Zappos needed the goodwill it built for its brand last weekend when hackers broke into one of the company servers and accessed account information for 24 million customers.
Zappos has always taken an unusual approach to customer service, and that extended to the way it handled the data breach.
When the breach hit, CEO Tony Hseih sent an email to both customers and employees, detailing what the company knew and how it would respond. Hseih held a news conference the next day to confirm what had been done.
One big, unusual step, which Hseih outlined in his email: Zappos canceled all its customers passwords -- every last one of them -- and required customers to reset those passwords at next login.
Conventional wisdom among security and marketing analysts holds that after a breach you don't issue an immediate email blast and a massive password reset. It's customary to take a bit of time to analyze the breach more closely.
Sony took its time when faced with a similar breach last April. The attack on Sony's database was more devastating to customers because Sony had been storing passwords in plain text. (The Zappos passwords were encrypted, although details are sketchy about the type of encryption used.) Both Sony's reputation and on-going operations suffered serious harm.
Contrasted with the Sony stonewall, Zappos's response is genuine and even fresh.
Some customers are upset, but not many and not very much. No press reports, other than The Onion, have quoted customers saying anything negative about the breach or the company's response. An ITBusinessEdge writer mentions that her unnamed friends were concerned, but not to the point of leaving Zappos.
Comments on the Zappos Facebook page and in Twitter are equally balanced among complaints, expressions of support, and notes of concern.
Regular customer service was, not surprisingly, disrupted during the Great Password Reset. Some customers were having difficulty getting return, exchange, and delivery problems resolved.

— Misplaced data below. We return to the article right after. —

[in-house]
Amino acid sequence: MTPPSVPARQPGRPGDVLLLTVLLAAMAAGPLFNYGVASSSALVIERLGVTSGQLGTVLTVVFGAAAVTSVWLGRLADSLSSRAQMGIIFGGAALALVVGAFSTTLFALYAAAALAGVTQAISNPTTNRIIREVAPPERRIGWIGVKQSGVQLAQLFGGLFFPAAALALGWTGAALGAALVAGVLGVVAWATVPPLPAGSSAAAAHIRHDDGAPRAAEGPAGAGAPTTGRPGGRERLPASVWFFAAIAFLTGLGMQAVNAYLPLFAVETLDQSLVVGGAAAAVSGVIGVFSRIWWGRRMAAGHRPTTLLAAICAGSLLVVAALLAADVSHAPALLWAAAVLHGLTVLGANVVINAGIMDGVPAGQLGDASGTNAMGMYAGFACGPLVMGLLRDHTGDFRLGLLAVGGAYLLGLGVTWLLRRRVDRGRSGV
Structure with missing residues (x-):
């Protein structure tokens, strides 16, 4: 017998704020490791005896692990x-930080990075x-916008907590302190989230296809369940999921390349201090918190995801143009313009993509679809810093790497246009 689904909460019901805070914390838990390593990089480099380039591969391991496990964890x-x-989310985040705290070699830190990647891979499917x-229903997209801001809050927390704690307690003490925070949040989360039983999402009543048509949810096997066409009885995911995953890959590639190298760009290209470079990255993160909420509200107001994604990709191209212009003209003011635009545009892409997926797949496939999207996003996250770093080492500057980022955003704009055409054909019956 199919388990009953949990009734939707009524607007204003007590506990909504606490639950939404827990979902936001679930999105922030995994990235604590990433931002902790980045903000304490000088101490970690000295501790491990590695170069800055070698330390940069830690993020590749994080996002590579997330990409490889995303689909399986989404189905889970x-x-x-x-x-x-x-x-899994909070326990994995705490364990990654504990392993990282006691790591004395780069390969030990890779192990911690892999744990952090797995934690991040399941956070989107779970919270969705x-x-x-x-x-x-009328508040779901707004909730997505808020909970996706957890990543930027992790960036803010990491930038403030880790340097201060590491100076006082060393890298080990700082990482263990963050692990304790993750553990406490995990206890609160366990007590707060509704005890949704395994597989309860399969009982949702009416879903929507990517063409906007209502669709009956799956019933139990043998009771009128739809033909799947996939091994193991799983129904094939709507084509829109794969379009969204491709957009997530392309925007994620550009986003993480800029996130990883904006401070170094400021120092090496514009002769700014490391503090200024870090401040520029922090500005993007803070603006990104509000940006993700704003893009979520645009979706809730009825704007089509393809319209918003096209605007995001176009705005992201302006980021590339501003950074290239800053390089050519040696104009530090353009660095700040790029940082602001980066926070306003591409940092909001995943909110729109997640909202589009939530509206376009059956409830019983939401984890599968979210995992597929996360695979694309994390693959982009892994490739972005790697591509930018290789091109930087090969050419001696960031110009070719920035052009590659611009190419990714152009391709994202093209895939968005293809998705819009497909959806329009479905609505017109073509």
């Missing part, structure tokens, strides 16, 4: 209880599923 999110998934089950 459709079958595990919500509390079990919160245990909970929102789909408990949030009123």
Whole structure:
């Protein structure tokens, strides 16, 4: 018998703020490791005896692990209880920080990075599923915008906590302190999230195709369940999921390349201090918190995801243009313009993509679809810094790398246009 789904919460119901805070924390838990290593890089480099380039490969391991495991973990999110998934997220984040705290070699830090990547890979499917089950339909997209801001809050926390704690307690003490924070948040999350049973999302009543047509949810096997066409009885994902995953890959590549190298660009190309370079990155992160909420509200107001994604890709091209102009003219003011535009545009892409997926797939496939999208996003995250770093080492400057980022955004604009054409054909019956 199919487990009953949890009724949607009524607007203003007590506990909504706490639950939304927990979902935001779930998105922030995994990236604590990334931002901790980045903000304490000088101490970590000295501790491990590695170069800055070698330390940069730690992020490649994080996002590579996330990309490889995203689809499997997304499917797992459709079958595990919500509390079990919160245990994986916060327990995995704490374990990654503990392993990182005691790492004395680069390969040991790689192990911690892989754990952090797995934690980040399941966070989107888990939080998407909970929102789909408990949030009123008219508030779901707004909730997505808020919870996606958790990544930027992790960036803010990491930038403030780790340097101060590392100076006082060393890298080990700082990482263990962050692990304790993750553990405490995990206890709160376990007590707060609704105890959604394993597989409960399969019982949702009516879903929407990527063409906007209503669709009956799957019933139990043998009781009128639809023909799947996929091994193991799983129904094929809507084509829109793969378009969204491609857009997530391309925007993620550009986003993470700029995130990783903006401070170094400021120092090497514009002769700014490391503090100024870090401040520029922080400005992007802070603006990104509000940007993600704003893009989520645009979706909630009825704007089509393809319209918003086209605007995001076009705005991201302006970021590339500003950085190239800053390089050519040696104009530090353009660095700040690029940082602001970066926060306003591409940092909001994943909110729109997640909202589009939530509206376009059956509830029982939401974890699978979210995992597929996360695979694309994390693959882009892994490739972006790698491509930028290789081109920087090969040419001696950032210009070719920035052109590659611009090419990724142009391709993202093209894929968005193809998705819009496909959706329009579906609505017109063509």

In another bold customer service tactic, Zappos shut off its phones on Sunday rather than putting people on hold. Zappos concentrated its customer support on email. The phone lines were still down on Thursday. Zappos took the lines down in anticipation that they'd be overloaded, and the belief that customer support reps were better off spending their time on electronic support in lieu of wrestling with the phone system.
Customers were told on the Website that it would take up to 30 minutes for the password reset email to arrive. It took much longer. Tom Merrit on Tech News Today waited four hours for the email, which arrived live during the show.
Customers outside the US are still having trouble connecting to the Zappos site.
The analysts saw a teaching moment. News sites, as well as technical and security channels, encouraged people to develop better habits for online shopping. The guidance fit nicely with Zappos's plan. Marketing departments benefit when a company includes clear messages about data and operational security.
Days after the breach, Zappos's marketing is returning to normal. Its Twitter and Facebook streams are talking about shoes as much as password resets.
This is not the first time Zappos has had to face a tough decision caused by operation error. In 2010, Zappos accidentally mis-priced all shoes as $49.95 or less. It fulfilled the orders placed at the incorrect prices, even for shoes costing many hundreds of dollars. The response, which cost the company $1.6 million, won praise from customers and observers.
With that mixup and now this, Zappos may be pushing its luck on operations, but its overall marketing strategy of service excellence is leading it through bad times and back to good ones.
— Karl Hakkarainen is an independent consultant who works with organizations and professionals in healthcare, law, education, and social services for whom marketing is a novel and somewhat suspect venture. He applies his 30+ years of connected communications to help them tell their stories in ways that fit within their traditions and the laws of their professions. Karl is a graduate of Amherst College and of Mount Wachusett Community College.
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